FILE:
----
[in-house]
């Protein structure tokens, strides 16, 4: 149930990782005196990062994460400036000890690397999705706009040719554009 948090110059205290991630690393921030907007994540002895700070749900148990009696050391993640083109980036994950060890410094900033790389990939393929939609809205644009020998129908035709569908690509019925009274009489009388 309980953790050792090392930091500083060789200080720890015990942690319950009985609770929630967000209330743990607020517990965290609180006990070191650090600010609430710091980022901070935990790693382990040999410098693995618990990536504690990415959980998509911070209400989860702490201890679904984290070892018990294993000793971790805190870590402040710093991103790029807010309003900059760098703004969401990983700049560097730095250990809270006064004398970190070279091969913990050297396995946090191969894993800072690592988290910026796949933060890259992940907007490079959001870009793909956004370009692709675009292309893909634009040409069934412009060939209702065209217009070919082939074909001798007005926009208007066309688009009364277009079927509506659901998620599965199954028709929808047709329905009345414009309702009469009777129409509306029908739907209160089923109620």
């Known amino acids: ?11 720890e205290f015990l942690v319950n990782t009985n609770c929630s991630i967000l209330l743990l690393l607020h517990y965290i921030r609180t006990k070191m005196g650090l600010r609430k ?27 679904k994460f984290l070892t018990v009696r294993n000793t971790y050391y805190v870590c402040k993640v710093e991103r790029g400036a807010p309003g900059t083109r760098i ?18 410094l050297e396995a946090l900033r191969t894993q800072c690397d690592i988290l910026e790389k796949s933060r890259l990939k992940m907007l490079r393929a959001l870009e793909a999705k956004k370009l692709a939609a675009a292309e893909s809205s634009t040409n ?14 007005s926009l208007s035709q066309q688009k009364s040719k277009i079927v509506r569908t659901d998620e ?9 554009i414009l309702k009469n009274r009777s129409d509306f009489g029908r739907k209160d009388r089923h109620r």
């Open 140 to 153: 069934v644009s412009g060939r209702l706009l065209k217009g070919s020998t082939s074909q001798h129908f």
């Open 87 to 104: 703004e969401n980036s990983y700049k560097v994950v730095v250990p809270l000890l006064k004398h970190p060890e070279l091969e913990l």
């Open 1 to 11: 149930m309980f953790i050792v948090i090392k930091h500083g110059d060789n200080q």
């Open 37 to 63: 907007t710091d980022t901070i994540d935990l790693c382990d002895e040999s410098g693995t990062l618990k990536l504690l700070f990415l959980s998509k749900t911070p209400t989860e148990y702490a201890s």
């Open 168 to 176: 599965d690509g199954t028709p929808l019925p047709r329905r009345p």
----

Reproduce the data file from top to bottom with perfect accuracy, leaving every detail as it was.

[in-house]
């Protein structure tokens, strides 16, 4: 149930990782005196990062994460400036000890690397999705706009040719554009 948090110059205290991630690393921030907007994540002895700070749900148990009696050391993640083109980036994950060890410094900033790389990939393929939609809205644009020998129908035709569908690509019925009274009489009388 309980953790050792090392930091500083060789200080720890015990942690319950009985609770929630967000209330743990607020517990965290609180006990070191650090600010609430710091980022901070935990790693382990040999410098693995618990990536504690990415959980998509911070209400989860702490201890679904984290070892018990294993000793971790805190870590402040710093991103790029807010309003900059760098703004969401990983700049560097730095250990809270006064004398970190070279091969913990050297396995946090191969894993800072690592988290910026796949933060890259992940907007490079959001870009793909956004370009692709675009292309893909634009040409069934412009060939209702065209217009070919082939074909001798007005926009208007066309688009009364277009079927509506659901998620599965199954028709929808047709329905009345414009309702009469009777129409509306029908739907209160089923109620």
């Known amino acids: ?11 720890e205290f015990l942690v319950n990782t009985n609770c929630s991630i967000l209330l743990l690393l607020h517990y965290i921030r609180t006990k070191m005196g650090l600010r609430k ?27 679904k994460f984290l070892t018990v009696r294993n000793t971790y050391y805190v870590c402040k993640v710093e991103r790029g400036a807010p309003g900059t083109r760098i ?18 410094l050297e396995a946090l900033r191969t894993q800072c690397d690592i988290l910026e790389k796949s933060r890259l990939k992940m907007l490079r393929a959001l870009e793909a999705k956004k370009l692709a939609a675009a292309e893909s809205s634009t040409n ?14 007005s926009l208007s035709q066309q688009k009364s040719k277009i079927v509506r569908t659901d998620e ?9 554009i414009l309702k009469n009274r009777s129409d509306f009489g029908r739907k209160d009388r089923h109620r």
């Open 140 to 153: 069934v644009s412009g060939r209702l706009l065209k217009g070919s020998t082939s074909q001798h129908f």
């Open 87 to 104: 703004e969401n980036s990983y700049k560097v994950v730095v250990p809270l000890l006064k004398h970190p060890e070279l091969e913990l």
């Open 1 to 11: 149930m309980f953790i050792v948090i090392k930091h500083g110059d060789n200080q």
């Open 37 to 63: 907007t710091d980022t901070i994540d935990l790693c382990d002895e040999s410098g693995t990062l618990k990536l504690l700070f990415l959980s998509k749900t911070p209400t989860e148990y702490a201890s």
């Open 168 to 176: 599965d690509g199954t028709p929808l019925p047709r329905r009345p």